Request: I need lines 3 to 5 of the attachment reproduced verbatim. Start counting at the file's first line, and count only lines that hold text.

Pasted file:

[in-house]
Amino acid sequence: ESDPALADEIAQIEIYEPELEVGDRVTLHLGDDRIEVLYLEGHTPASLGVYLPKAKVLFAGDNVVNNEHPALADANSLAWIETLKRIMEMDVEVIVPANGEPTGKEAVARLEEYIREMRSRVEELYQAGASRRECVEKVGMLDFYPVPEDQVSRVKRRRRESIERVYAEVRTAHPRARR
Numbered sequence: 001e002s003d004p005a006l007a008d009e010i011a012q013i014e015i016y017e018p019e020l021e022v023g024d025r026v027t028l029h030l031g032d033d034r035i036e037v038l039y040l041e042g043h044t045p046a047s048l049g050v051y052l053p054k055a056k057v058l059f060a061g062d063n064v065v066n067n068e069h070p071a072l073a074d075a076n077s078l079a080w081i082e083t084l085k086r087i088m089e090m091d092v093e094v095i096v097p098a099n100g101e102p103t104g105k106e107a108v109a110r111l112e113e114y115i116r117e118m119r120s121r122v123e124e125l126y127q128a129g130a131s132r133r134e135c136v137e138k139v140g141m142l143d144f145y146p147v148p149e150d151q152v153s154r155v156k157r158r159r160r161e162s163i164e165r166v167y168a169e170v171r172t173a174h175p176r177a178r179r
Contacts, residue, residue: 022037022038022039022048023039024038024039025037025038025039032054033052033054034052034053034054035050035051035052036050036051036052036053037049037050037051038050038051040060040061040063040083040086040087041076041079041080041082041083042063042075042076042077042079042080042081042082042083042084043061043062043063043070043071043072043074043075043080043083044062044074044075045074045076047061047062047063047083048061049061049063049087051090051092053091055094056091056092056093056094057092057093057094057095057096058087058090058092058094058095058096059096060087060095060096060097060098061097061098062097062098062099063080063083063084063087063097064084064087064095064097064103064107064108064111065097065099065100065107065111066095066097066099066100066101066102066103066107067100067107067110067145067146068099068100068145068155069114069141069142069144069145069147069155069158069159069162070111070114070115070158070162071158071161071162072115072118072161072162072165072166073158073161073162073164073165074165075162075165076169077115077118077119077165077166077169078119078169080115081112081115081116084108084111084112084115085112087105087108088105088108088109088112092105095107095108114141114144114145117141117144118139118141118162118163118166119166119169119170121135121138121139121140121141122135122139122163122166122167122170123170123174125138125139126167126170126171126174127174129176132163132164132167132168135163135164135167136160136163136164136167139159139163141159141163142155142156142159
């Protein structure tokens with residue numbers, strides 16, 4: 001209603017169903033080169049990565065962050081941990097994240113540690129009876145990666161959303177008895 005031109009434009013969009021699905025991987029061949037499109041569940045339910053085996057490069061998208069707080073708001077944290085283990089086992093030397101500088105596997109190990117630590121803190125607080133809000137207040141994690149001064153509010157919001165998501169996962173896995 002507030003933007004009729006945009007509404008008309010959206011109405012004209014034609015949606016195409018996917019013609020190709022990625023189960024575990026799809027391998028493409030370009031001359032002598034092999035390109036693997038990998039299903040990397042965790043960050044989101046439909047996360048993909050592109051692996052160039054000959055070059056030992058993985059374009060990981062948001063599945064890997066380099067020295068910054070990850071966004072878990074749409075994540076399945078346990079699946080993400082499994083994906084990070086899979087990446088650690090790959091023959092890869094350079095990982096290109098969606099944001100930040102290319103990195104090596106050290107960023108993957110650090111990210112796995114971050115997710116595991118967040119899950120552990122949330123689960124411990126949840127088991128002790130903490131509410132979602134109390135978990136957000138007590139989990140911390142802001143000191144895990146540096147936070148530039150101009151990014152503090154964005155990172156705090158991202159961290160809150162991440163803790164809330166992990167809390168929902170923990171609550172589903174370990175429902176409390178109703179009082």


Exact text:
Numbered sequence: 001e002s003d004p005a006l007a008d009e010i011a012q013i014e015i016y017e018p019e020l021e022v023g024d025r026v027t028l029h030l031g032d033d034r035i036e037v038l039y040l041e042g043h044t045p046a047s048l049g050v051y052l053p054k055a056k057v058l059f060a061g062d063n064v065v066n067n068e069h070p071a072l073a074d075a076n077s078l079a080w081i082e083t084l085k086r087i088m089e090m091d092v093e094v095i096v097p098a099n100g101e102p103t104g105k106e107a108v109a110r111l112e113e114y115i116r117e118m119r120s121r122v123e124e125l126y127q128a129g130a131s132r133r134e135c136v137e138k139v140g141m142l143d144f145y146p147v148p149e150d151q152v153s154r155v156k157r158r159r160r161e162s163i164e165r166v167y168a169e170v171r172t173a174h175p176r177a178r179r
Contacts, residue, residue: 022037022038022039022048023039024038024039025037025038025039032054033052033054034052034053034054035050035051035052036050036051036052036053037049037050037051038050038051040060040061040063040083040086040087041076041079041080041082041083042063042075042076042077042079042080042081042082042083042084043061043062043063043070043071043072043074043075043080043083044062044074044075045074045076047061047062047063047083048061049061049063049087051090051092053091055094056091056092056093056094057092057093057094057095057096058087058090058092058094058095058096059096060087060095060096060097060098061097061098062097062098062099063080063083063084063087063097064084064087064095064097064103064107064108064111065097065099065100065107065111066095066097066099066100066101066102066103066107067100067107067110067145067146068099068100068145068155069114069141069142069144069145069147069155069158069159069162070111070114070115070158070162071158071161071162072115072118072161072162072165072166073158073161073162073164073165074165075162075165076169077115077118077119077165077166077169078119078169080115081112081115081116084108084111084112084115085112087105087108088105088108088109088112092105095107095108114141114144114145117141117144118139118141118162118163118166119166119169119170121135121138121139121140121141122135122139122163122166122167122170123170123174125138125139126167126170126171126174127174129176132163132164132167132168135163135164135167136160136163136164136167139159139163141159141163142155142156142159
């Protein structure tokens with residue numbers, strides 16, 4: 001209603017169903033080169049990565065962050081941990097994240113540690129009876145990666161959303177008895 005031109009434009013969009021699905025991987029061949037499109041569940045339910053085996057490069061998208069707080073708001077944290085283990089086992093030397101500088105596997109190990117630590121803190125607080133809000137207040141994690149001064153509010157919001165998501169996962173896995 002507030003933007004009729006945009007509404008008309010959206011109405012004209014034609015949606016195409018996917019013609020190709022990625023189960024575990026799809027391998028493409030370009031001359032002598034092999035390109036693997038990998039299903040990397042965790043960050044989101046439909047996360048993909050592109051692996052160039054000959055070059056030992058993985059374009060990981062948001063599945064890997066380099067020295068910054070990850071966004072878990074749409075994540076399945078346990079699946080993400082499994083994906084990070086899979087990446088650690090790959091023959092890869094350079095990982096290109098969606099944001100930040102290319103990195104090596106050290107960023108993957110650090111990210112796995114971050115997710116595991118967040119899950120552990122949330123689960124411990126949840127088991128002790130903490131509410132979602134109390135978990136957000138007590139989990140911390142802001143000191144895990146540096147936070148530039150101009151990014152503090154964005155990172156705090158991202159961290160809150162991440163803790164809330166992990167809390168929902170923990171609550172589903174370990175429902176409390178109703179009082």